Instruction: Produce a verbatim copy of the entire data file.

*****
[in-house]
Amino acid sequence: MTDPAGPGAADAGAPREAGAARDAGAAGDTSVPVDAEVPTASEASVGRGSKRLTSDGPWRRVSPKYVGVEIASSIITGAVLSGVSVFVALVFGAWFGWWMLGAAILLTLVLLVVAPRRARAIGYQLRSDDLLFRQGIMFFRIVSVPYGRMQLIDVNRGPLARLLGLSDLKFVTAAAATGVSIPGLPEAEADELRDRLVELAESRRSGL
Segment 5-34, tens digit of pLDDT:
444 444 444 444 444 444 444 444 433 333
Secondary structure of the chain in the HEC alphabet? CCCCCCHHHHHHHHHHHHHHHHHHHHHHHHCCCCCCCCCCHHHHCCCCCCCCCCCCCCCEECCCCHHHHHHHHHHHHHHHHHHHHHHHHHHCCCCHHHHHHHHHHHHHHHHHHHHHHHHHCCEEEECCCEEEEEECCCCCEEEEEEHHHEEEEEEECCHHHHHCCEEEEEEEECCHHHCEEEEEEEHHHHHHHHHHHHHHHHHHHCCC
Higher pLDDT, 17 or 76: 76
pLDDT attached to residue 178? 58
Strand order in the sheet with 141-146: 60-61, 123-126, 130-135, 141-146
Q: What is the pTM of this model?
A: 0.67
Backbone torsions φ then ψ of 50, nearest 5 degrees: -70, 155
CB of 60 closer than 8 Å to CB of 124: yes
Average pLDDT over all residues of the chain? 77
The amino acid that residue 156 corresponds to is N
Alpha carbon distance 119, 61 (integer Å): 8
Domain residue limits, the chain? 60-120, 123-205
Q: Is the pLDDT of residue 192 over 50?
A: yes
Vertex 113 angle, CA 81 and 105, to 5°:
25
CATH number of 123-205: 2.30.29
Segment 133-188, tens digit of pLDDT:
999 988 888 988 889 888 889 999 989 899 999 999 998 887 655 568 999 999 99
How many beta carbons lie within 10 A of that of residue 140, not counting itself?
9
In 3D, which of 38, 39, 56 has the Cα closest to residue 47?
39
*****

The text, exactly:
[in-house]
Amino acid sequence: MTDPAGPGAADAGAPREAGAARDAGAAGDTSVPVDAEVPTASEASVGRGSKRLTSDGPWRRVSPKYVGVEIASSIITGAVLSGVSVFVALVFGAWFGWWMLGAAILLTLVLLVVAPRRARAIGYQLRSDDLLFRQGIMFFRIVSVPYGRMQLIDVNRGPLARLLGLSDLKFVTAAAATGVSIPGLPEAEADELRDRLVELAESRRSGL
Segment 5-34, tens digit of pLDDT:
444 444 444 444 444 444 444 444 433 333
Secondary structure of the chain in the HEC alphabet? CCCCCCHHHHHHHHHHHHHHHHHHHHHHHHCCCCCCCCCCHHHHCCCCCCCCCCCCCCCEECCCCHHHHHHHHHHHHHHHHHHHHHHHHHHCCCCHHHHHHHHHHHHHHHHHHHHHHHHHCCEEEECCCEEEEEECCCCCEEEEEEHHHEEEEEEECCHHHHHCCEEEEEEEECCHHHCEEEEEEEHHHHHHHHHHHHHHHHHHHCCC
Higher pLDDT, 17 or 76: 76
pLDDT attached to residue 178? 58
Strand order in the sheet with 141-146: 60-61, 123-126, 130-135, 141-146
Q: What is the pTM of this model?
A: 0.67
Backbone torsions φ then ψ of 50, nearest 5 degrees: -70, 155
CB of 60 closer than 8 Å to CB of 124: yes
Average pLDDT over all residues of the chain? 77
The amino acid that residue 156 corresponds to is N
Alpha carbon distance 119, 61 (integer Å): 8
Domain residue limits, the chain? 60-120, 123-205
Q: Is the pLDDT of residue 192 over 50?
A: yes
Vertex 113 angle, CA 81 and 105, to 5°:
25
CATH number of 123-205: 2.30.29
Segment 133-188, tens digit of pLDDT:
999 988 888 988 889 888 889 999 989 899 999 999 998 887 655 568 999 999 99
How many beta carbons lie within 10 A of that of residue 140, not counting itself?
9
In 3D, which of 38, 39, 56 has the Cα closest to residue 47?
39